Always a beginner…
When I first started yoga there were things that I didn’t know – like don’t walk across the studio with shoes on!! (q: lots of guilt as I had just done something terribly bad to something sacred) Initially I found yoga hard, not necessarily the postures as that’s not what it’s all about, but going to that quiet place inside; switching off just for an hour or so.
Here’s a few questions that might be going through your mind…
The first question is – what kind of yoga class should I go to???
If you are new to yoga go with Hatha beginners – most styles of yoga are types of ‘Hatha’ but they use the postures (asana) in different ways or the pace is a bit different. Hatha yoga classes involve time at the beginning for ‘settling’ where you lie or sit still and focus on your body, mind and breath and at the end of the class you will rest in savasana (corpse pose – lying on your back looking like guess what – a corpse).
If you would like to know more on other yoga styles click here.
I have arrived – now what?
I used to turn up to class like on the dot and sometimes (don’t judge me now) between lunch breaks, finding a car parking spot, getting changed it was really hard to arrive on the mat in good time. Even more so to be in a state of serene calmness (sometimes my heart was racing as I had been dashing!) – I now add on a cheeky 10 mins to the beginning of the class so that whilst the teacher is doing her thing I either sit / or lie there allowing my heart to slow and focus on what my body is saying and what my mood is. Moral of the story: leave time for you to chill out before class – it will be a better class.
What do I wear?
This may seem like a trivial question – but comfort comfort comfort. I used to have proper gym stuff for yoga but I get cold pretty easily and so I bring big fluffy socks for the end of the relaxation and a jumper – sometimes even a nice cosy scarf in winter. Anything goes. Just make sure that you are not flashing anything and wear stuff that is supportive. (At BCY they provide all the equipment and you can have it all – eye pillows, multiple blankets etc plus the studios are always really nice and warm)
Yoga Props – errm do I need them?
I remember looking at yoga belts being like what do I do with that??? The teacher will talk you through postures that require a prop or it could be that your body needs one to make a posture more comfortable. One yoga eureka moment I had was when I got introduced to blocks and bricks as I am pretty short limbed and my hamstrings are tight – there are poses now that feel far more balanced and aligned, like my body actually thanked me for the assistance! You’ll get to know over time which ones suit your body or if you need them.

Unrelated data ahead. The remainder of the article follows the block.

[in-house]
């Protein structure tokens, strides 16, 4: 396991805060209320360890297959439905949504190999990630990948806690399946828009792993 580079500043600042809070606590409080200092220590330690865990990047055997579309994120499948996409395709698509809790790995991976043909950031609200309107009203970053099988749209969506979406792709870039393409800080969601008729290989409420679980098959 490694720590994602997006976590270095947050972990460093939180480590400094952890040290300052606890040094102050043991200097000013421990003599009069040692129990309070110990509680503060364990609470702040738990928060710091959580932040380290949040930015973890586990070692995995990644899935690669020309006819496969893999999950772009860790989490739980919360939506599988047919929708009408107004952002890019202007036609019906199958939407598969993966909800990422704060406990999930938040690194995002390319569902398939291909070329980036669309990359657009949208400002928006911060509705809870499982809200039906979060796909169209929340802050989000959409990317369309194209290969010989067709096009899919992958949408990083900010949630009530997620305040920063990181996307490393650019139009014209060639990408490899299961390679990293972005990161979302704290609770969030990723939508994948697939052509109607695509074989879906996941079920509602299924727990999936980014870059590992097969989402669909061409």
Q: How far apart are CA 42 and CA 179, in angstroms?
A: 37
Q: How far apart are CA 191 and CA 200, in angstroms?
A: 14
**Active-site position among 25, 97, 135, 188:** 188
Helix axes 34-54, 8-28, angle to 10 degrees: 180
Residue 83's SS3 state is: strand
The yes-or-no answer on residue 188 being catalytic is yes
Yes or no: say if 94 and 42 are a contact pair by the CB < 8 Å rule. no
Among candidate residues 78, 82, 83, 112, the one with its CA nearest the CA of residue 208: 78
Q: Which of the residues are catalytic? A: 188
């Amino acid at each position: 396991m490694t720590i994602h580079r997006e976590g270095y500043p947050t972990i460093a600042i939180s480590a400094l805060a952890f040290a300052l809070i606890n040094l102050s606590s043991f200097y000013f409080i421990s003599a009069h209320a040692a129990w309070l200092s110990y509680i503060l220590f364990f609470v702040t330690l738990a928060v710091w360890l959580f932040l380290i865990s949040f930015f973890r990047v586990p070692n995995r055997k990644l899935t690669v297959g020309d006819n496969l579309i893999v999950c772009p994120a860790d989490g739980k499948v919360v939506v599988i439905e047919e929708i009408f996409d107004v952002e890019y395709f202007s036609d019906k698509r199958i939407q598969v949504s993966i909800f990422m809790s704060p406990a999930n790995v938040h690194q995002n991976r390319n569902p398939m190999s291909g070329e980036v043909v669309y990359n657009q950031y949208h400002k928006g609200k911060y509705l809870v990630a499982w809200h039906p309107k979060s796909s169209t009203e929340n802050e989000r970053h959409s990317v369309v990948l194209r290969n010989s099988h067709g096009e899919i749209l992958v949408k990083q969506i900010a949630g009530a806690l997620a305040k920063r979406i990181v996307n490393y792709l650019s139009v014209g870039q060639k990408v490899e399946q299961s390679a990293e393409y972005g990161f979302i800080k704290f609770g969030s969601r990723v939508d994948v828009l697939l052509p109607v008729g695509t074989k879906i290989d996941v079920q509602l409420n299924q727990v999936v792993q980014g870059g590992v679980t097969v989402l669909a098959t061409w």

This doesn’t feel great…
I am the one who starts at the back of a new class – mainly as I don’t like being on display. When I started yoga, like a good little student I would do exactly as the teacher was telling me, even if I was struggling I didn’t want to say it in front of people. However as time went on, I took the modifications given by the teacher, I even stopped sometimes when my blood pressure was low and went to Childs pose (this is advised and totally do it if you need to). This is another beautiful eureka yoga moment as once you start listening to your body – you feel more connected to it – more in control. Do what feels good and always say something to the teacher if it doesn’t feel right.
Shhhh in Savasana!
When the relaxation stage came at the end – I remember getting sometimes more worked up as I needed to sneeze or my tummy was rumbling or even worse I needed a wee and didn’t want to interrupt! It’s being comfortable in your body and in class that you just do what you need to do – whether that is scratch your nose or rub your feet. The slowing of the mind is something that comes with time (or when you are really knackered) and it becomes almost addictive – a dreamy restful state that you have provided for yourself.
I hope you enjoy your classes and have those sweet yoga eureka moments of your own!
Written by Amanda King
*Try and eat something light before yoga – not a full meal.
*You can bring water but have little sips when you need.
*Let the teacher know if you have an injury or any conditions they need to be made aware of.
*Try a couple of classes in the same time as you might find the teacher style a bit different.
*Don’t take your phone in and if your bag is in the same space put it on flight mode!
Book a Hatha Beginners Course and get 21 days of unlimited yoga for £20
Usual terms and conditions apply – visit our website for full terms and conditions.
Your 21 days of unlimited yoga will start from the date of your first drop in class
(not including your course sessions)
To take advantage of this offer:
2. use this link to book your hatha beginners course